Thursday, 27 February 2014

Need Advice on Landlord Relationship Management?

Don't just woo them - win them over long term!

The first stages of the landlord relationship are kind of like a new romance. We are trying our best to woo the client during our first date with them (the appraisal), showing them all our best features and tricks (during the leasing process) and securing them as yours (negotiating the tenancy).

But what happens once this honeymoon period is over? Does the ongoing relationship burn strong with confidence that they have made the right choice in you?

Or is this the part where attention to that client quickly fades as other tasks take priority, and the client is left wondering why they made the decision to go with you in the first place? Are they thinking “None of those amazing promises they first made are being met!”

Perhaps the problem doesn’t lie in there being other tasks to do (there will always be other tasks to do) but potentially, in the rush to woo the client over: 

1. The needs of those clients hasn’t been effectively listened to, recorded, or passed onto the property management team. How are they best contactable? What level of involvement do they wish to have in the ongoing management? At what stage do they need to be advised about certain issues?

Or 2. That we haven’t done a thorough job in educating our new clients as to exactly how the ongoing management process will move forwards after the initial honeymoon period. Do they know what the property management service includes? How we communicate with them, how is best to contact us, expected response times, how unforeseen issues will be dealt with, when they receive their funds and more.

Of course first impressions are important to establish the relationship with the client - the initial impression can set the tone for the entire customer experience! However it is increasingly more important to spend more time in discussing the needs and requirements of the ongoing relationship, to ensure that you’re passing over the baton smoothly beyond the initial stages of leasing.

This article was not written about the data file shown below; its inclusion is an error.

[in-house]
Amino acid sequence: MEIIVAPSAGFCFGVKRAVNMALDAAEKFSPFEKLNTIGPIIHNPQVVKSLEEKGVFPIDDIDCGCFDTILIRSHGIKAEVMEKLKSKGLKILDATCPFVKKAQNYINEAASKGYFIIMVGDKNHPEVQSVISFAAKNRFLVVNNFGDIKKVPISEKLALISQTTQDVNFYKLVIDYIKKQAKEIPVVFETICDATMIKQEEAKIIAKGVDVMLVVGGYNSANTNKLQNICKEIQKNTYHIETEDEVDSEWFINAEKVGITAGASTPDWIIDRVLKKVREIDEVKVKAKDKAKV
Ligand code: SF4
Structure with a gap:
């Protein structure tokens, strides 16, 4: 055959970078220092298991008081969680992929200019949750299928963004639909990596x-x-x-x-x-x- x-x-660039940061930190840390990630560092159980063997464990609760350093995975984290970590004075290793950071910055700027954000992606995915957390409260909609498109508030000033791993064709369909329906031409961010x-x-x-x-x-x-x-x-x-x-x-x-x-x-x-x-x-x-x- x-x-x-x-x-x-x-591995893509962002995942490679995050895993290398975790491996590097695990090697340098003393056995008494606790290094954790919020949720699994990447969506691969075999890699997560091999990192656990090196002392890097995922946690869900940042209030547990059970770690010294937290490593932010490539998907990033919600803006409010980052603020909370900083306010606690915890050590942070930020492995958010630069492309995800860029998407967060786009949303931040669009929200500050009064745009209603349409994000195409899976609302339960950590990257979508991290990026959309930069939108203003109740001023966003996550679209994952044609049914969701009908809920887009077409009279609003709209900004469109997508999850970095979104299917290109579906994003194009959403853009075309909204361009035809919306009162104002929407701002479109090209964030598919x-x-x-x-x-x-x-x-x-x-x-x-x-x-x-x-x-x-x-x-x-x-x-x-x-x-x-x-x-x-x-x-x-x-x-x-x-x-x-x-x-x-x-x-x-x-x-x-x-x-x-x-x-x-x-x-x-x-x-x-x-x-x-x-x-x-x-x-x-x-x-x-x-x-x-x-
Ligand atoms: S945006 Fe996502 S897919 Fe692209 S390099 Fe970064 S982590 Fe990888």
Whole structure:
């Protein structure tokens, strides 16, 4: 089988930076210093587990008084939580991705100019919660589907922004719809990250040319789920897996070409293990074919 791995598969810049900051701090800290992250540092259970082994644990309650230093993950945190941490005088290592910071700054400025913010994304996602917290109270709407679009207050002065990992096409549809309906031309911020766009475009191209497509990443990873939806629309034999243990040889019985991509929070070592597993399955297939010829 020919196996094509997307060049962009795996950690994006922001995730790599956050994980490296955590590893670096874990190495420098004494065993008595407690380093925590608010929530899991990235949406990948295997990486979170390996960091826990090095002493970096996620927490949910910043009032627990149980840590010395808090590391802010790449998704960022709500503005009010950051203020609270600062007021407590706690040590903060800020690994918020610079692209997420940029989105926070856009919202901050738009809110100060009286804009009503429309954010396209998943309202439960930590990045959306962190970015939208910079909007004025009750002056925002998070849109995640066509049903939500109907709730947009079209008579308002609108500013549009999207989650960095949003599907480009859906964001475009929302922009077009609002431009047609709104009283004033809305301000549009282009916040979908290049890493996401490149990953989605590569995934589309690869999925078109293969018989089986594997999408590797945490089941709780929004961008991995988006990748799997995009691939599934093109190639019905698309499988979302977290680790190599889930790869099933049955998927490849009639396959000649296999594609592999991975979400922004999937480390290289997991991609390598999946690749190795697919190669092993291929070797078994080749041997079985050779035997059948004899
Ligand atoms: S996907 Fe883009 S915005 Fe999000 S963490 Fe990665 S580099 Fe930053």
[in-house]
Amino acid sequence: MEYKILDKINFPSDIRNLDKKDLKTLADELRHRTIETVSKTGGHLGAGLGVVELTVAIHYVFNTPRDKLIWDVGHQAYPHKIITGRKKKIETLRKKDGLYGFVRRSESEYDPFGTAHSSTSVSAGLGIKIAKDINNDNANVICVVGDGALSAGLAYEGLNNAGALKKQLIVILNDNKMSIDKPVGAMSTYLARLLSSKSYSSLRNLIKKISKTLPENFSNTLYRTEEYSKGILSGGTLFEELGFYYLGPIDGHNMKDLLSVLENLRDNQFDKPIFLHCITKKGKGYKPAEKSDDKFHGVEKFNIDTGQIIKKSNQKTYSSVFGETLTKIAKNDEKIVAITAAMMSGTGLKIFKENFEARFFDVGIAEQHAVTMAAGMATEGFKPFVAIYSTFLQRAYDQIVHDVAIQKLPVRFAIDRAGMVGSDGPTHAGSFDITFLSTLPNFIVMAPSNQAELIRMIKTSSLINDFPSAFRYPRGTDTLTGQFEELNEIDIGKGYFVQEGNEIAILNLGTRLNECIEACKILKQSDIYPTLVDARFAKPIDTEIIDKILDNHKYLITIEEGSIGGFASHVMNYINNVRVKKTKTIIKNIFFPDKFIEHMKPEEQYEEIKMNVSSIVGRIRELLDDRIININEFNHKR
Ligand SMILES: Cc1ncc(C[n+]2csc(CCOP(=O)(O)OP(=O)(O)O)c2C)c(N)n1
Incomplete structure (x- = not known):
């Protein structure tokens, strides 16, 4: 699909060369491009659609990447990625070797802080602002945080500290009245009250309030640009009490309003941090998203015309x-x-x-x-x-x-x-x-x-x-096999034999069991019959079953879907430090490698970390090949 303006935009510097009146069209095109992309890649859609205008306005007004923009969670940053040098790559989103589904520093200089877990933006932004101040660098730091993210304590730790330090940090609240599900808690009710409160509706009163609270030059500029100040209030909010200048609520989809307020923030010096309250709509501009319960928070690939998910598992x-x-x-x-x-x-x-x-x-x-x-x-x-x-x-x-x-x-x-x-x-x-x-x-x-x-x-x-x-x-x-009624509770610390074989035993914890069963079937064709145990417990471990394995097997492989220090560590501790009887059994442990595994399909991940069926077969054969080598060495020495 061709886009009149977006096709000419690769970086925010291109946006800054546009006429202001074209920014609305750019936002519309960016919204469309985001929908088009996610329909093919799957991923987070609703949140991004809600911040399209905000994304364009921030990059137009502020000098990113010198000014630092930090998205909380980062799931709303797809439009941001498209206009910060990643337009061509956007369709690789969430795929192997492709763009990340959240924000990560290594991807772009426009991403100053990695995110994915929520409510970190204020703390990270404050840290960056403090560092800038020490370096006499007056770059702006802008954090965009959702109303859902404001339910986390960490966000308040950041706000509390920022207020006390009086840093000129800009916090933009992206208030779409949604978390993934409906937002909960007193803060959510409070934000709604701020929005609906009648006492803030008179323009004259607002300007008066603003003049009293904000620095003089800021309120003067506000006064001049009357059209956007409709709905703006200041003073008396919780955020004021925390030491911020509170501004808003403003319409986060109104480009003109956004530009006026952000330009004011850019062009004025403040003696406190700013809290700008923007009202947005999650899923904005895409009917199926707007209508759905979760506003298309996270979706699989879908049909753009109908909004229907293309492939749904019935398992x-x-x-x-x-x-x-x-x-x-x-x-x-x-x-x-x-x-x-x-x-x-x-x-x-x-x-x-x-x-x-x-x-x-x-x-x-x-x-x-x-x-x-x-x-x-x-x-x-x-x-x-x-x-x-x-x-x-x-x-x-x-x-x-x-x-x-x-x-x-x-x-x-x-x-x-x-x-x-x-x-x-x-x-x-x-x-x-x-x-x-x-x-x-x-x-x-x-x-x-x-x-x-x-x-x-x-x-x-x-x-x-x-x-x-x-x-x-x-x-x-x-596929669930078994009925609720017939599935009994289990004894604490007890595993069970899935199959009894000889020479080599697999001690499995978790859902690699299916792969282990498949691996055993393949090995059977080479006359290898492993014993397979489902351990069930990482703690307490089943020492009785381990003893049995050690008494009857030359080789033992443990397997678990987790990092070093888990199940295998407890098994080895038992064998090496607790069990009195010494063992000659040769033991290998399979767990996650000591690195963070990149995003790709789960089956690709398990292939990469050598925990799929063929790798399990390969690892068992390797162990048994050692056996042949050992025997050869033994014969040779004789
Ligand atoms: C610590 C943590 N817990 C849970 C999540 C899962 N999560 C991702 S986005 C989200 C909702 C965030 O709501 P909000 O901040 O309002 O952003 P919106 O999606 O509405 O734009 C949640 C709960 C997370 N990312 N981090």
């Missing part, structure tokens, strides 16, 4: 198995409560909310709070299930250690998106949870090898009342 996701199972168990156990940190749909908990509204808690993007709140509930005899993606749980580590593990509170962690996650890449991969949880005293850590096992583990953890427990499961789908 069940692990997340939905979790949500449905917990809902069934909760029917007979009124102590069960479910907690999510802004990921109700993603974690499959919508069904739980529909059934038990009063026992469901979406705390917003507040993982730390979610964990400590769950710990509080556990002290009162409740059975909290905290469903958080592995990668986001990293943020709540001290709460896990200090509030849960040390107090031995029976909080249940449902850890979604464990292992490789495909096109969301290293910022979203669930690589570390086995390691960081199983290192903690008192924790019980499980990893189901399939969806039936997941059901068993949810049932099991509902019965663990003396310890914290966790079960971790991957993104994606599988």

If you are Real+ member, click here to visit Real+TV where you can watch our webinar: Starting the Landlord Relationship Right.

Thursday, 20 February 2014

Want to Learn the Secret of Prospecting?

Prospecting is a fact of life for those wanting to be successful in New Business. I’m sure we would all much rather rely on referrals, word of mouth, even sales leads, however in order to get ahead of the curve and generate more leads we have to prospect!

So why is it that even the most experienced of us resist this proven strategy unless we are poked, prodded and pushed by our managers?

Excuses include:
“I don’t like the rejection.”
“I don’t want to come across like I’m desperate for business.”
“I don’t want to sound like a telemarketer.”
“I don’t like interrupting people at work.”

There are few main dynamics that prevent us from embracing cold calling. Cold calling is hard work, no one likes to hear ‘no’ and we all have the need for instant gratification.

The key to busting these excuses and breaking the mould is understanding that it’s all a numbers game. You need to train yourself to recognise that every ‘no’ you hear brings you one call closer to making an appointment or creating a relationship. You also need to condition yourself that eventually you will get a reward for your efforts, there is sadly no magic quick fix or instant result. 

When you learn any new skill (even a hobby, sport, or language) it takes time to just become comfortable. It takes longer to develop a level of consistent proficiency. And, it takes even more time to develop your skill to the point of excellence. The same concept applies to prospecting. You can’t expect to make ten calls and master the skill (or get the results).

The more calls you make, the easier it will get and the more proficient you will become. As your skill improves, so will your ability to generate leads and secure appointments. If you can push through your initial resistance you can develop the ability to postpone your need for instant gratification. And as you do this, your results will improve!

If you are Real+ member, click here to visit Real+TV where you can watch our webinar: New Business Bootcamp Part 7 - Prospecting.

Tuesday, 18 February 2014

New Legislation in South Australia is Coming into Effect

We’ve just received word that new legislation surrounding the Residential Tenancies Act 1995 will be coming into effect on 1st March 2014 in South Australia.

This initial phase of legislation amendments intends to increase the security and protection of all parties who sign a private rental lease agreement or a rooming house agreement. A second phase of legislation reform will come into play in the 2014/2015 financial year, dealing predominently with rental bonds and bond procedures.